Shelved and overlooked fossil turns out to be a new prehistoric species
A fossil that had been overlooked for the 30 years it's been sitting in storage at a UK museum got a closer look, and it turns out it's evidence of a previously unknown species.
The remains are from of a type of ichthyosaur that swam the prehistoric seas 189 million years ago. The ichthyosaur -- and those like it -- vanished from the planet before the age of dinosaurs, dying out at the early stages of the late Cretaceous Period.
As far as this fossilized one goes, it was discovered in the 1980s along Dorset's Jurassic Coast. Once at the Doncaster Museum and Art Gallery, the specimen was often overlooked, as it was believed to be a plaster cast.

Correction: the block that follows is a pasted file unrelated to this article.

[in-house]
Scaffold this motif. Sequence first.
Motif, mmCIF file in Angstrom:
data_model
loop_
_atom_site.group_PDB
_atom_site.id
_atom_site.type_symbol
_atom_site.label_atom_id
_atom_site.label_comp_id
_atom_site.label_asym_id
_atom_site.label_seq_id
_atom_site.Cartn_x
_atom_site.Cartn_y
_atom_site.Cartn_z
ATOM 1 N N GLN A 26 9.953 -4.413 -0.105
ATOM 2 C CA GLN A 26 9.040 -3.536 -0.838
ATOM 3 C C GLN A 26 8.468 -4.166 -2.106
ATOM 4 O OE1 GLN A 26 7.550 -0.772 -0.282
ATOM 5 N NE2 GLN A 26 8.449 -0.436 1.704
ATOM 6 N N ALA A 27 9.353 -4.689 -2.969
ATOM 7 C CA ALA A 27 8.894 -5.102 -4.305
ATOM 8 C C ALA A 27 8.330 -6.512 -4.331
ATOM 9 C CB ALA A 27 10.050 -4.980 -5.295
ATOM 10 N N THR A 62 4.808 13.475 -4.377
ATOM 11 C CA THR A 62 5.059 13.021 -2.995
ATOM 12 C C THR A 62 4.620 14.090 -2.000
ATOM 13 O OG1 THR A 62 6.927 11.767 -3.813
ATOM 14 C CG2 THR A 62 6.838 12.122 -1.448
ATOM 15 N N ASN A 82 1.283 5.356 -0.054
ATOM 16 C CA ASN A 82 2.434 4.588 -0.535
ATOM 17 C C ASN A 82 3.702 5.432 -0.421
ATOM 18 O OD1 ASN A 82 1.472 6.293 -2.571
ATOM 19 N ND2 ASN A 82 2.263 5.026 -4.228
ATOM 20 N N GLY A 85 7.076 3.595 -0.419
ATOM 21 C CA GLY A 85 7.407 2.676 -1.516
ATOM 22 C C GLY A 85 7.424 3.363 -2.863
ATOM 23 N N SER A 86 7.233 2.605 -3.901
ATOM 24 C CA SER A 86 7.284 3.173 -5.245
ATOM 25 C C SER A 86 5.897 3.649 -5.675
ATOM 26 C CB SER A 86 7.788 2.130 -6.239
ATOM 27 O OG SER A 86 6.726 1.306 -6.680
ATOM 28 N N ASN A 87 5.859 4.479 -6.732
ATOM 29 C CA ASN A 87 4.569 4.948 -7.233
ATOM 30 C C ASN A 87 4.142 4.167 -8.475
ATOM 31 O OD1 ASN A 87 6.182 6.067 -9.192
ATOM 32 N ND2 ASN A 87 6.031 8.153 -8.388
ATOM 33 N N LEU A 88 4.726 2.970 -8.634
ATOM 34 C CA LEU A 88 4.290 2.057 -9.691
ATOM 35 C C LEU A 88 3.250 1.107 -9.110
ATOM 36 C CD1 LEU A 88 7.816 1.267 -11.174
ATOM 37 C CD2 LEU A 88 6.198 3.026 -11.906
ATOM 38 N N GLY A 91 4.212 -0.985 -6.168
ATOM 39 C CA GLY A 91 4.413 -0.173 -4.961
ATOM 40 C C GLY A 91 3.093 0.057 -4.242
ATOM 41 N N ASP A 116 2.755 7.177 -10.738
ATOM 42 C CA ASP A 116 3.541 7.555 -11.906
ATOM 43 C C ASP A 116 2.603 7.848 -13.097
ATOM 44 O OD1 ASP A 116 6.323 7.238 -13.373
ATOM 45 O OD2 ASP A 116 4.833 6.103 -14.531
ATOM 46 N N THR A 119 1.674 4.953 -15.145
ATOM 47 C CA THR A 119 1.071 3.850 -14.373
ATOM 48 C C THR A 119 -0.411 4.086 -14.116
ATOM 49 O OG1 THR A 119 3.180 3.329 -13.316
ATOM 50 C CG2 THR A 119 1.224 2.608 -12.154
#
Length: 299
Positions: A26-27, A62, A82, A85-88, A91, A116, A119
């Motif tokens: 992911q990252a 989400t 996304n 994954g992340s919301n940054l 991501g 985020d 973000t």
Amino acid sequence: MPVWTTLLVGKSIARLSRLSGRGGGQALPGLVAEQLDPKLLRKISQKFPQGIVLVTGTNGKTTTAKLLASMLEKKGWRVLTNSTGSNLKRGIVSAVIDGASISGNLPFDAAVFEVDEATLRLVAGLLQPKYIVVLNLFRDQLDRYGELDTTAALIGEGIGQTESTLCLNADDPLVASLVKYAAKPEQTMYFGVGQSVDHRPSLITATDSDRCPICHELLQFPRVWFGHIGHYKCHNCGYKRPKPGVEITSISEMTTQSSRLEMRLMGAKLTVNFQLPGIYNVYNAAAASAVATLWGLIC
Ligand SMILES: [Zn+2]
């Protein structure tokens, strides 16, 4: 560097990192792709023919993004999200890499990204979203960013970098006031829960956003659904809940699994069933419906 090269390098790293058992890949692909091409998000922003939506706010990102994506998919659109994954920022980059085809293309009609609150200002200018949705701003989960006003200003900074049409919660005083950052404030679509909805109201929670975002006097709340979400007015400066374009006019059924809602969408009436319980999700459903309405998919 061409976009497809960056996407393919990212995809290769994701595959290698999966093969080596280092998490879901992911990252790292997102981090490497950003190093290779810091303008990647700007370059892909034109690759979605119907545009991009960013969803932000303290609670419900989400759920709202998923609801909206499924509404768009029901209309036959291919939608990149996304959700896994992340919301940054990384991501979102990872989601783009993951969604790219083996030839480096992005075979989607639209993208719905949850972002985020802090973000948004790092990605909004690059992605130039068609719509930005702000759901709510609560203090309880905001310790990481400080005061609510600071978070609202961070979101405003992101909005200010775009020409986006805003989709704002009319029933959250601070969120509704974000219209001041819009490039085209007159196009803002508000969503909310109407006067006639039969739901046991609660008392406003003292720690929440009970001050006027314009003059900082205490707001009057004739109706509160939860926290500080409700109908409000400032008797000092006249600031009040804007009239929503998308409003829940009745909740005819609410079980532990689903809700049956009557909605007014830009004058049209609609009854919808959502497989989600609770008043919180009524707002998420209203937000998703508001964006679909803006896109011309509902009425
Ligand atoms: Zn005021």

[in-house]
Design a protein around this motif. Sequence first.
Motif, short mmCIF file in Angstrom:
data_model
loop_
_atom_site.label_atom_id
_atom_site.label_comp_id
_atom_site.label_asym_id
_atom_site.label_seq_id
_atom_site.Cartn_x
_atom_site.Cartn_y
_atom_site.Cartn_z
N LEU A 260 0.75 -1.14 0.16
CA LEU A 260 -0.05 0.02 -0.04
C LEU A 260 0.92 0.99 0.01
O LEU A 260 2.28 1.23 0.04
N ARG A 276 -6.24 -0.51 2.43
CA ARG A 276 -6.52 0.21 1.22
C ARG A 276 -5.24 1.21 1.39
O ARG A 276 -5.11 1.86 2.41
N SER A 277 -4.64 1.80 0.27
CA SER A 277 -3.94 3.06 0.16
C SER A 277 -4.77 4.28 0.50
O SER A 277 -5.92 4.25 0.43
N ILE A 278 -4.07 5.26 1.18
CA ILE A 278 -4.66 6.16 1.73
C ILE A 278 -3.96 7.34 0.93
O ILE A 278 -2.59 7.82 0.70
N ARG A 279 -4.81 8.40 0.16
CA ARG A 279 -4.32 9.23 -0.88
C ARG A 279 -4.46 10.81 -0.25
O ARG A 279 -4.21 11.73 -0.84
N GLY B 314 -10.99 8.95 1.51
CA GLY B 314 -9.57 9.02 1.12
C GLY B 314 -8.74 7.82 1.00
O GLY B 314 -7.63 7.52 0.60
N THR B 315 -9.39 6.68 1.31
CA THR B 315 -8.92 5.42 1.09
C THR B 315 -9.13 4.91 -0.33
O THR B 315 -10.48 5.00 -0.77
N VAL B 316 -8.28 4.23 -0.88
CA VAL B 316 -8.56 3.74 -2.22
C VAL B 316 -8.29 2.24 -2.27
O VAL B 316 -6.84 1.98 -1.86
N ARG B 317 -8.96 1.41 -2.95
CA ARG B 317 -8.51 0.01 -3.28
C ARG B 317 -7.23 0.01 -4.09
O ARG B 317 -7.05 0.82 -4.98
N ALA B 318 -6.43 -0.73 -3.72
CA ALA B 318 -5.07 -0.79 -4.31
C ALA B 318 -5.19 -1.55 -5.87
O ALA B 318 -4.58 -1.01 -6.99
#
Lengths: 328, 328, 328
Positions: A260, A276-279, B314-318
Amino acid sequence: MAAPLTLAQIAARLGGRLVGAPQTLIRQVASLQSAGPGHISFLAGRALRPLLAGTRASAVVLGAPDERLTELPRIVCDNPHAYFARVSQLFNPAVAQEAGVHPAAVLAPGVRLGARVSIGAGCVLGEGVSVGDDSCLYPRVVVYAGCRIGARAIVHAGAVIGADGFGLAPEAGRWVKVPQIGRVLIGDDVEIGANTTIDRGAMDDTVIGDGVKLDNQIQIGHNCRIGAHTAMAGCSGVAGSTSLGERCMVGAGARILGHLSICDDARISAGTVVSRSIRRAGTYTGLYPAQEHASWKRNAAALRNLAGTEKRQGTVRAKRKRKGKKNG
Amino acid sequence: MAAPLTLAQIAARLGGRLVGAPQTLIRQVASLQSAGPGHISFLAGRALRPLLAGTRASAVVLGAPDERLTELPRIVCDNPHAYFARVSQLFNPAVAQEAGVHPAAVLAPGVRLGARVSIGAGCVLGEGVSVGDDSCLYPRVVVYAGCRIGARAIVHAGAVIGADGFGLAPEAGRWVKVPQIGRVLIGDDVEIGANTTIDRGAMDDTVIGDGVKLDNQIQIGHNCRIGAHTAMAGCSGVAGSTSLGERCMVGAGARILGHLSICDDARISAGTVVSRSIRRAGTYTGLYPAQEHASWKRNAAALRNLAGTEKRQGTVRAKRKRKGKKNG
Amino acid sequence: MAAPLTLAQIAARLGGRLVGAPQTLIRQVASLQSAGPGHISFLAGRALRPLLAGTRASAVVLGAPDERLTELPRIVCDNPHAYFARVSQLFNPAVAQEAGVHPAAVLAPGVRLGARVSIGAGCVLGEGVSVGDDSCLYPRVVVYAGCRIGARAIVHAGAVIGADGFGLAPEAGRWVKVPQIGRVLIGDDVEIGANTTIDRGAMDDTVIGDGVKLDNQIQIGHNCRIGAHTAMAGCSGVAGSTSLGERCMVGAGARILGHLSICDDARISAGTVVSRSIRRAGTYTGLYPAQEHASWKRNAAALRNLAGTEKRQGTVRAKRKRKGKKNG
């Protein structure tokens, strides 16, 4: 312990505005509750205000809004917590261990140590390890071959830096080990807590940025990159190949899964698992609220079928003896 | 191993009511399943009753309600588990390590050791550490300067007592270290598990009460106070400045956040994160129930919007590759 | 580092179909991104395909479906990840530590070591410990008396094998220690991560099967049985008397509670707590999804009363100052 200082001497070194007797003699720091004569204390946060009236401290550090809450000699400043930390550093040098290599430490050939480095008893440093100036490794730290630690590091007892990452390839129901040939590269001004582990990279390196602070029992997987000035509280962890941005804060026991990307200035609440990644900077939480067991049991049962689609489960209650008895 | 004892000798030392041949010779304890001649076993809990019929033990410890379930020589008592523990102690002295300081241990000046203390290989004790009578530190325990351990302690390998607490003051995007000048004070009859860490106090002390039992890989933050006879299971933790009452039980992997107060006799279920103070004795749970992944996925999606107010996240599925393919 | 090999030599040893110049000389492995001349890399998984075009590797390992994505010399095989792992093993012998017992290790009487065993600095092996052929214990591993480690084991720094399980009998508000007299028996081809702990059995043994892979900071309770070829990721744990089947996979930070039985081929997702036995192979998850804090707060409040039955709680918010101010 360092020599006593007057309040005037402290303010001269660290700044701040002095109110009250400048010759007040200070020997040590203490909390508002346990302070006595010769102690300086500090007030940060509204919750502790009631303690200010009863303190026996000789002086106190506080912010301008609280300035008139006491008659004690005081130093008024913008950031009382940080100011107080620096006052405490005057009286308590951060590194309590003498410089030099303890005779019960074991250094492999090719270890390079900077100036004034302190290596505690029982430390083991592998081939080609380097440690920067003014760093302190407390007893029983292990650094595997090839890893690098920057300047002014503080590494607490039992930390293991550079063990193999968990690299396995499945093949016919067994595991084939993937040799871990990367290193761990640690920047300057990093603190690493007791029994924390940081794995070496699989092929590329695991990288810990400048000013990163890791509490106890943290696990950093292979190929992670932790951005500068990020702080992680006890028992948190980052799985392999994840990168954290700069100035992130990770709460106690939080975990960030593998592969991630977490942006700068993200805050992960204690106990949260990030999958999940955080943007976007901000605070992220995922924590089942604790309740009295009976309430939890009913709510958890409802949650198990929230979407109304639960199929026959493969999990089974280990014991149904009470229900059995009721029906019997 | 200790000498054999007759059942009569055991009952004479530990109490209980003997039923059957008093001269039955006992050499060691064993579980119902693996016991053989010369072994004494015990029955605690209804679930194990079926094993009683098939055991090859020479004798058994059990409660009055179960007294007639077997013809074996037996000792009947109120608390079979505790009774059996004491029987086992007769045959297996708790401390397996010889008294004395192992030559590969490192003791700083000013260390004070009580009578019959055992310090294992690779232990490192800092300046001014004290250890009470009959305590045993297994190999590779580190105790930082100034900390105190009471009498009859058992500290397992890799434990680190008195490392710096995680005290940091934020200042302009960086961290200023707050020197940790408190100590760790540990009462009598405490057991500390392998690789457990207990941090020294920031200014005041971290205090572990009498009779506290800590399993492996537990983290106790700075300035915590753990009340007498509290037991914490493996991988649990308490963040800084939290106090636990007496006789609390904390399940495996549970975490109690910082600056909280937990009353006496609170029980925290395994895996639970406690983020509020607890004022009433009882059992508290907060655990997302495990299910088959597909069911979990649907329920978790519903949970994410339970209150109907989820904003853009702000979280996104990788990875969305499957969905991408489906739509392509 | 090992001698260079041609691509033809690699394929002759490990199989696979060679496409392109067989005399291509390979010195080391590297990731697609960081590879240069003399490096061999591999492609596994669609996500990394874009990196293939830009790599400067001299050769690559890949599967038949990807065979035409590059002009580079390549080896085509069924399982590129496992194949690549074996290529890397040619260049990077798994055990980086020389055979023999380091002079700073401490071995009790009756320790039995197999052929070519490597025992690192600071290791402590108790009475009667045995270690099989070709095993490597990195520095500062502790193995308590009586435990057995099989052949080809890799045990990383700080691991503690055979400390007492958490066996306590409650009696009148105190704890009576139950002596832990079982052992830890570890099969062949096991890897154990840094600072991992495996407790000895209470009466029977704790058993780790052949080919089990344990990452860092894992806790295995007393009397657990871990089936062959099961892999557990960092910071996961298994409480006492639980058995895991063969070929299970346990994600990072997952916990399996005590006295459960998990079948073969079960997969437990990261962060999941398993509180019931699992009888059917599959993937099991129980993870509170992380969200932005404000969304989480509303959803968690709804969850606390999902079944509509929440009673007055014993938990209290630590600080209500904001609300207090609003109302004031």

In 2008, paleontologist Dean Lomax saw promise in the fossil and began his research. Not only did it turn out to be authentic, it was quite detailed.
"After years of tireless work, collaborating with Prof Judy Massare from New York, and travelling the world in the name of research, Dean has finally revealed the ichthyosaur's true secrets," Manchester Evening News reports.
The finding was then published in the Journal of Vertebrate Paleontology.
Lomax, now 25, was able to determine that, in addition to being a new species, the last thing the prehistoric swimmer ate was squid. "We could see tiny hook-shaped features that were actually the hooks from the tentacles of squid," he told the BBC.
The discovery is being hailed as both a fantastic find and a testament to the importance of museum collections.
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